Raul Gainetdinov, the Director of the Institute of Translational Biomedicine, St Petersburg University
The main direction of research activities in the Laboratory of Neuroscience and Molecular Pharmacology at St Petersburg University under the supervision of Raul Gainetdinov is the development of new drugs for psychiatric and neurological diseases of the brain. These include schizophrenia, depression, and Parkinson's Disease. Prior to working at St Petersburg University, Raul Gainetdinov held the position of a senior researcher at the Italian Institute of Technology. Also, he worked at Duke University in the USA.
Gennady Leonov, Doctor of Physics and Mathematics. Photo by Vadim Zhernov
This is not the first year that Gennady Leonov, who passed away last year, has been included in the WoS ranking. He was an outstanding scientist, a long-term dean of the Faculty of Mathematics and Mechanics of St Petersburg University, the founder of the Department of Applied Cybernetics, professor, and Doctor of Physics and Mathematics. Nikolay Kuznetsov has also been included in this list again. He is the current head of the Department of Applied Cybernetics, professor, and Doctor of Physics and Mathematics. The Web of Science system contains more than 172 works by Gennady Leonov and 173 by Nikolay Kuznetsov, of which 14 publications by Gennady Leonov and 15 publications by Nikolay Kuznetsov are highly cited in the field of interdisciplinary research.
Doctor of Physics and Mathematics Nikolay Kuznetsov
‘In many ways, the studies of Gennady Leonov’s research school are highly popular in the academic community as their projects are at the forefront of research and have an integrated nature. During previous years, his research school has achieved success both in practice and in the qualitative theory of dynamical systems,’ said Nikolay Kuznetsov.
One of the main areas of study of Gennady Leonov’s research school is associated with the development of the theory of latent oscillations and the analysis of the stability of control systems. In particular, as part of these studies, they have carried out: an analysis of phase-locked loop systems in distributed computer architectures and GPS / GLONASS satellite navigation; and an analysis of the onset of oscillations in a closed dynamic model of the Sayano-Shushenskaya Dam. They have also considered the Keldysh problem of flutter suppression and developed rigorous approaches to its non-linear analysis. Moreover, latent vibrations in dynamic models of drilling rigs have been identified.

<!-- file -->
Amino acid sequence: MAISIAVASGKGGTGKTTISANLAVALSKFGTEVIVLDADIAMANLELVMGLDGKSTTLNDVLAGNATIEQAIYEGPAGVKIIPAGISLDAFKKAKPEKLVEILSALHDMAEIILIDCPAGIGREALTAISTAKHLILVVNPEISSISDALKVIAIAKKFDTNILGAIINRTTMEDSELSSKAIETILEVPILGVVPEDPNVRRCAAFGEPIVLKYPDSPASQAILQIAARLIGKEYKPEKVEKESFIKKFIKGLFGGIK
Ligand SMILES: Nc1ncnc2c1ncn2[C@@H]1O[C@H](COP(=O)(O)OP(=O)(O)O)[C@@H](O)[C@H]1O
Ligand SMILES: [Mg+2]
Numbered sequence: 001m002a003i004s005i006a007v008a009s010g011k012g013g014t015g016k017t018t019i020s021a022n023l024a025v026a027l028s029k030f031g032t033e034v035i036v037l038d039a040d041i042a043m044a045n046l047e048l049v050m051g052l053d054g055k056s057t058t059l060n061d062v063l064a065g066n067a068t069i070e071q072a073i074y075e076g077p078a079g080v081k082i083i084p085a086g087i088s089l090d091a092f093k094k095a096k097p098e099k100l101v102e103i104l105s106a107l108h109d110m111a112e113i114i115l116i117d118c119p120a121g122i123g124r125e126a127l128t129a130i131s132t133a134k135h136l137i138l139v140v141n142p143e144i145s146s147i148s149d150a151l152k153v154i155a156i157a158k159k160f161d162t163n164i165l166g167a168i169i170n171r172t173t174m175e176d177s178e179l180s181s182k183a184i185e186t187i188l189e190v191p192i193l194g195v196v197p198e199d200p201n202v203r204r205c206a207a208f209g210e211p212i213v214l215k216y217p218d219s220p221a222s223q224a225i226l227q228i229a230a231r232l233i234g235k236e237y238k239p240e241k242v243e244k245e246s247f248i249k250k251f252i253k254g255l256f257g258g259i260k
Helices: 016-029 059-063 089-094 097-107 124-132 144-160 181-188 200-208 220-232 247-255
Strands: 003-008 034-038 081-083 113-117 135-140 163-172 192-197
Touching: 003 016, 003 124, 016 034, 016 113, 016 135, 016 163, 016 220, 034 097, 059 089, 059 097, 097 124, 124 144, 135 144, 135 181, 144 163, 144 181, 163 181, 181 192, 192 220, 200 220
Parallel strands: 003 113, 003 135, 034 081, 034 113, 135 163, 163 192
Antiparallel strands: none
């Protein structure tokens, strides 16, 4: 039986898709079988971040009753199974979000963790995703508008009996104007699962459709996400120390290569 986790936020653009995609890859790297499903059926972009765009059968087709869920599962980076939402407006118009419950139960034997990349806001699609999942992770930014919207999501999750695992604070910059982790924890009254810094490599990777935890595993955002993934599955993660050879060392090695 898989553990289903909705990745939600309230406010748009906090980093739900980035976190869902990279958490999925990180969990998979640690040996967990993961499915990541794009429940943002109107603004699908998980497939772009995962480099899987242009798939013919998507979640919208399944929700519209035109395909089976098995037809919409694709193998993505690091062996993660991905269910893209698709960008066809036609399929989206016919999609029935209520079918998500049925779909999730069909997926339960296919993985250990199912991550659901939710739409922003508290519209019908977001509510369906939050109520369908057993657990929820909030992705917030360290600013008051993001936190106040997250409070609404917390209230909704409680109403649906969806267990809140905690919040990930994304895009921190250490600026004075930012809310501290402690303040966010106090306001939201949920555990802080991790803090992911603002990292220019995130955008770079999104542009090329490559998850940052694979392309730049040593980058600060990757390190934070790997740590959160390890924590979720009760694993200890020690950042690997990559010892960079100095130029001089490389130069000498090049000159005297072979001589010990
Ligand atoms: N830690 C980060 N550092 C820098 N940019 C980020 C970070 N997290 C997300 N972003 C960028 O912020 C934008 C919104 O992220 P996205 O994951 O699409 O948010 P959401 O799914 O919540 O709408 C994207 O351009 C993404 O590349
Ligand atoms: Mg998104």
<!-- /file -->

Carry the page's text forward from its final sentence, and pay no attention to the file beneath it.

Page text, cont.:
The profile of scientists who have been recognised by WoS Highly Cited Researchers also influences the profile of the educational institution where they work. This indicator is taken into account in many world university rankings, including the Academic Ranking of World Universities (ARWU). It is considered one of the most respected global university rankings.
The University has been visited by a delegation from the Ho Chi Minh National Academy of Politics. The guests were received by the Rector of St Petersburg University Nikolay Kropachev. He expressed hope for continued joint work on the launching of new academic programmes with the Vietnamese component.
‘The University is the centre of Vietnamese culture in St Petersburg. It is here at St Petersburg University that the first school of teaching the Vietnamese language in Russia was established. The only monument to Ho Chi Minh in St Petersburg is located in the University grounds. We seek to expand educational and scientific cooperation with Vietnamese organisations, including the Ho Chi Minh National Academy of Politics,’ said Nikolay Kropachev, Rector of St Petersburg University.
The head of the Vietnamese delegation, Secretary of the Communist Party of Vietnam Central Committee, Dr Nguyễn Xuân Thắng thanked the Rector for the warm welcome. He congratulated him on being recently awarded the Order of St Alexander Nevsky by Russian President Vladimir Putin. Dr Nguyễn Xuân Thắng noted that St Petersburg University and the Ho Chi Minh National Academy of Politics have been developing cooperation since 2010, when the first worldwide ‘Ho Chi Minh Institute’ was opened at the University.